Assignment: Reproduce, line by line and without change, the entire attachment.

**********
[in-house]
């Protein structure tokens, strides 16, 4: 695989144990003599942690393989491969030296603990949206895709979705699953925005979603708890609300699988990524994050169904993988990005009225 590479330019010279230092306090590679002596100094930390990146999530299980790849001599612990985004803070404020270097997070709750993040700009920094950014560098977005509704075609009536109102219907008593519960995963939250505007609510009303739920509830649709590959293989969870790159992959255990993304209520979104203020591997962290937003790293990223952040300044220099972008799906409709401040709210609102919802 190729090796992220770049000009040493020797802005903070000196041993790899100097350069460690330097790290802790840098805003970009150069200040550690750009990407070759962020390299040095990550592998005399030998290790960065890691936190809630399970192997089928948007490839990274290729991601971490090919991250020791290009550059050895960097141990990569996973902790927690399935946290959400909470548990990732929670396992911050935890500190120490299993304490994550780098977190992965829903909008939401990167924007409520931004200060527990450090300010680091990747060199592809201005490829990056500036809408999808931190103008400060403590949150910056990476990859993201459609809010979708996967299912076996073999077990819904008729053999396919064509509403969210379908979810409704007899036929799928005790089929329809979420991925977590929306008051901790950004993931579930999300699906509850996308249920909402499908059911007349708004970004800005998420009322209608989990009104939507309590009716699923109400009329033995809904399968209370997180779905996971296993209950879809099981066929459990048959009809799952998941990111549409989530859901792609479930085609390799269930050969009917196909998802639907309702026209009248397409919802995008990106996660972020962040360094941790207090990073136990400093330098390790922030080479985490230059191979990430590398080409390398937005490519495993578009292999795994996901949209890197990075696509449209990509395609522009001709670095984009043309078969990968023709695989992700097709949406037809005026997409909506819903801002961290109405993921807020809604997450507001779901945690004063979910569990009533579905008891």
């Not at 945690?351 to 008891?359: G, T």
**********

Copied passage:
[in-house]
């Protein structure tokens, strides 16, 4: 695989144990003599942690393989491969030296603990949206895709979705699953925005979603708890609300699988990524994050169904993988990005009225 590479330019010279230092306090590679002596100094930390990146999530299980790849001599612990985004803070404020270097997070709750993040700009920094950014560098977005509704075609009536109102219907008593519960995963939250505007609510009303739920509830649709590959293989969870790159992959255990993304209520979104203020591997962290937003790293990223952040300044220099972008799906409709401040709210609102919802 190729090796992220770049000009040493020797802005903070000196041993790899100097350069460690330097790290802790840098805003970009150069200040550690750009990407070759962020390299040095990550592998005399030998290790960065890691936190809630399970192997089928948007490839990274290729991601971490090919991250020791290009550059050895960097141990990569996973902790927690399935946290959400909470548990990732929670396992911050935890500190120490299993304490994550780098977190992965829903909008939401990167924007409520931004200060527990450090300010680091990747060199592809201005490829990056500036809408999808931190103008400060403590949150910056990476990859993201459609809010979708996967299912076996073999077990819904008729053999396919064509509403969210379908979810409704007899036929799928005790089929329809979420991925977590929306008051901790950004993931579930999300699906509850996308249920909402499908059911007349708004970004800005998420009322209608989990009104939507309590009716699923109400009329033995809904399968209370997180779905996971296993209950879809099981066929459990048959009809799952998941990111549409989530859901792609479930085609390799269930050969009917196909998802639907309702026209009248397409919802995008990106996660972020962040360094941790207090990073136990400093330098390790922030080479985490230059191979990430590398080409390398937005490519495993578009292999795994996901949209890197990075696509449209990509395609522009001709670095984009043309078969990968023709695989992700097709949406037809005026997409909506819903801002961290109405993921807020809604997450507001779901945690004063979910569990009533579905008891």
């Not at 945690?351 to 008891?359: G, T």